As of 2020, there are 24 active federal judges in Kentucky. Two of these judges are stationed in Lexington and Louisville, while the others serve in the Eastern and Western Districts. In Kentucky, there are currently 13 district judge positions, 1 chief judge, and 10 magistrate judges.

The Eastern District covers the Eastern part of the state and is comprised of one chief judge and six district court judges. The state’s Western District includes 8 district court judges, one chief judge, and one magistrate judge.

The Western District covers 53 out of Kentucky’s 120 counties. Additionally, senior judges are assigned when the workload of an active judge becomes too high. Senior judges may occasionally called to preside over cases.

Is a federal judge higher than the Supreme Court?

No, a federal judge is not higher than the Supreme Court. The Supreme Court is the highest court in the United States and is the final authority for all legal matters in the US. All other US courts, including federal courts, are lower courts and are bound by the rulings of the Supreme Court.

Federal judges make rulings in their respective jurisdictions, but their rulings can ultimately be overruled or overturned by the Supreme Court. Therefore, the Supreme Court is higher in authority than any federal judge.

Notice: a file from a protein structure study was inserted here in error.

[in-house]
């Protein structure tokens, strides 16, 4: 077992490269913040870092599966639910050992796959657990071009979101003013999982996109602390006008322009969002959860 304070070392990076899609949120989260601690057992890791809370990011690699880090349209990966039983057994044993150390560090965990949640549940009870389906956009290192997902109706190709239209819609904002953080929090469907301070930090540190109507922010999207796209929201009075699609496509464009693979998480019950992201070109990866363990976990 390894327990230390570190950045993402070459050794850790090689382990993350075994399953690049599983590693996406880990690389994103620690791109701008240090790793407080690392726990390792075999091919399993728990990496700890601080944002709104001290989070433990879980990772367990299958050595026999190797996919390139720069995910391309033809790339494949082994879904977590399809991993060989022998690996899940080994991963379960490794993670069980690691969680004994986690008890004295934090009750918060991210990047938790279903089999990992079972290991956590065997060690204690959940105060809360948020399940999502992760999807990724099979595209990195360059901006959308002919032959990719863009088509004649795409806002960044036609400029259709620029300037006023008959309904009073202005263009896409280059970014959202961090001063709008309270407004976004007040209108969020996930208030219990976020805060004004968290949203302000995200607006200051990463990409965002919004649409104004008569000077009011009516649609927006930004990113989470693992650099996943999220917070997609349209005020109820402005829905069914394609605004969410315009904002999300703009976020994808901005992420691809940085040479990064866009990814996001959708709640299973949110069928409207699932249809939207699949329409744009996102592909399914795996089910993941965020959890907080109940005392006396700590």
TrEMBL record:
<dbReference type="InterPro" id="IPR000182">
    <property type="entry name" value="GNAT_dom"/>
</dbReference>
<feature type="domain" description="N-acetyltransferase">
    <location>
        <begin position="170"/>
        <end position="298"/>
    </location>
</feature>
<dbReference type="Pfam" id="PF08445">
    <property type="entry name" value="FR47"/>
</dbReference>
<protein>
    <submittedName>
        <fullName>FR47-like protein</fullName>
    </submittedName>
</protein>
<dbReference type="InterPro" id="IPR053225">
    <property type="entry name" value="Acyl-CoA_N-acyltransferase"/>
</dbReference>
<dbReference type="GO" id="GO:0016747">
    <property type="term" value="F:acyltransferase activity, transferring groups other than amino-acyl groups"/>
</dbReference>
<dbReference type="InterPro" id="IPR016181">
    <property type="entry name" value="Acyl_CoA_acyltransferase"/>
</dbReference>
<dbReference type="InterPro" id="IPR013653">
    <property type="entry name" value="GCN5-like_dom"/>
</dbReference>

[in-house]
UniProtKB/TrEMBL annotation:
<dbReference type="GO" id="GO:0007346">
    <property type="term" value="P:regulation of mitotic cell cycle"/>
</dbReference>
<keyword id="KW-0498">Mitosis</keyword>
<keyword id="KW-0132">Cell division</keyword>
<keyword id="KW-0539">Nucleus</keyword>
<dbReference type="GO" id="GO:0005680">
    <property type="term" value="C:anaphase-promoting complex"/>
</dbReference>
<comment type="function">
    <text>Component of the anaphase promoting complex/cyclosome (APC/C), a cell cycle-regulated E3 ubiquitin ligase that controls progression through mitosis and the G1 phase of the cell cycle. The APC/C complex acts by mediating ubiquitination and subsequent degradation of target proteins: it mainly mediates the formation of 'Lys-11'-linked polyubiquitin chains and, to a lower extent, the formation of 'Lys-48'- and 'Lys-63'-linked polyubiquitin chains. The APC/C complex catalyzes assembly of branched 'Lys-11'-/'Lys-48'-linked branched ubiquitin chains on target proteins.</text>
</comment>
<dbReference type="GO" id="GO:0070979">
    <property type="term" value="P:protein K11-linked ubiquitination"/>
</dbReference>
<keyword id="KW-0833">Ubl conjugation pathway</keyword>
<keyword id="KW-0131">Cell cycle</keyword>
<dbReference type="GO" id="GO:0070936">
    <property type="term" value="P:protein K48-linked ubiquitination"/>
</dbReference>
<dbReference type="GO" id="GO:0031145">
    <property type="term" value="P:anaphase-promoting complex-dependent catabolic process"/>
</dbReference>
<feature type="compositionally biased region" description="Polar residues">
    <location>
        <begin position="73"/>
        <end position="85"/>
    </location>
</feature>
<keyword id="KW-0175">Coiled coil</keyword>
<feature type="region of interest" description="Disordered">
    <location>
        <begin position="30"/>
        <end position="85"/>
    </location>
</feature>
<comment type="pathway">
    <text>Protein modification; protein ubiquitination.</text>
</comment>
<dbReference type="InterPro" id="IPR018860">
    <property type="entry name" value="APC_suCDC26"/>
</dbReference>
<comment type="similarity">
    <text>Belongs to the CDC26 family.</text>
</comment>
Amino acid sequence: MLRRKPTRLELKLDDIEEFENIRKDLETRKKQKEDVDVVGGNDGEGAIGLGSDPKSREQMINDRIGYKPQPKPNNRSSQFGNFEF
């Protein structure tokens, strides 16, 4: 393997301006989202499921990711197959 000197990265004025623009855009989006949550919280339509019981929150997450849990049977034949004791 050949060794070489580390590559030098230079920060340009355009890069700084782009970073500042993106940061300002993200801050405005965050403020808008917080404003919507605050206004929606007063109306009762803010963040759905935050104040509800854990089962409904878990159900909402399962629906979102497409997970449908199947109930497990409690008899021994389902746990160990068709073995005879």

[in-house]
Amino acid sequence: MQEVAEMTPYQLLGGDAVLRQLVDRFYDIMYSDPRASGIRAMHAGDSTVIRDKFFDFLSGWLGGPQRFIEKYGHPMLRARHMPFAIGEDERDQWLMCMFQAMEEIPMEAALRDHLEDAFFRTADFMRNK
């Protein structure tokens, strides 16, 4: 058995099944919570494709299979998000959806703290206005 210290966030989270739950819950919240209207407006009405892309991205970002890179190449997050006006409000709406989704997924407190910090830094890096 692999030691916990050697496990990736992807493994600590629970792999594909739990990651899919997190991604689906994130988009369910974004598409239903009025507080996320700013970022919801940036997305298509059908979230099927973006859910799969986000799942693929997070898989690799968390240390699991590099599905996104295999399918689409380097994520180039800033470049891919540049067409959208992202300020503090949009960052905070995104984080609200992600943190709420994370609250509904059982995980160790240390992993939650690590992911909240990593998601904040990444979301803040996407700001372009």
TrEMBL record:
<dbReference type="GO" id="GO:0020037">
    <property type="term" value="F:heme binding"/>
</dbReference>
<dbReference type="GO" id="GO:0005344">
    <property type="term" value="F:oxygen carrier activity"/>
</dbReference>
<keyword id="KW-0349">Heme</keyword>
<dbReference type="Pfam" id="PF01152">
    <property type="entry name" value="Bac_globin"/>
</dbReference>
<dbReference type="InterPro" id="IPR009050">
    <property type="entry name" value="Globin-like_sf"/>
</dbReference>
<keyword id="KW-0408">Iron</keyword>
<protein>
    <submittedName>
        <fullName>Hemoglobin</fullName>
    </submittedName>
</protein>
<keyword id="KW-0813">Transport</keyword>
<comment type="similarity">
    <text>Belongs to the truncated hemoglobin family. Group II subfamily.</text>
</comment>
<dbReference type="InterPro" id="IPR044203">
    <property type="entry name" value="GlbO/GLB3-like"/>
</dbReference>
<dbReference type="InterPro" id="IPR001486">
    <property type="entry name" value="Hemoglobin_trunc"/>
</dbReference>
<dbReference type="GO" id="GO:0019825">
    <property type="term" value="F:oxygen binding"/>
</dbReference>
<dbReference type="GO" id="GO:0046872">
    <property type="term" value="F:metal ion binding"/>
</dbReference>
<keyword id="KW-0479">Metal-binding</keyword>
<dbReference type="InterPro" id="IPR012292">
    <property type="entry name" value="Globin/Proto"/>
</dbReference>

What does a federal judge do?

A federal judge is a jurist that presides over any federal court, including the United States District Courts and the United States Courts of Appeals. Federal judges are nominated by the President of the United States and then confirmed by the Senate in accordance with the United States Constitution.

Judges hold office for life, unless they resign, die, succeed to a higher judicial office, or are impeached by Congress.

Federal judges are responsible for resolving cases involving issues of federal law, including civil, criminal, and administrative matters. The duties of a federal judge include deciding motions, issuing orders, conducting trials, directing juries, and applying federal law in making their decisions.

They also play a vital role in developing legal precedents, which establish only certain kinds of issues and arguments for future cases. Federal judges also occasionally write opinions or hold hearings that can shape future debates or laws.

Beyond their judicial roles, federal judges are also often asked to conduct seminars and lectures, mentor younger attorneys, serve on appellate courts and other government panels, or mediating disputes between parties.

In doing so, they often assist in advancing public awareness of the legal system, helping to shape the country’s laws and values.

Does each federal court have 9 judges?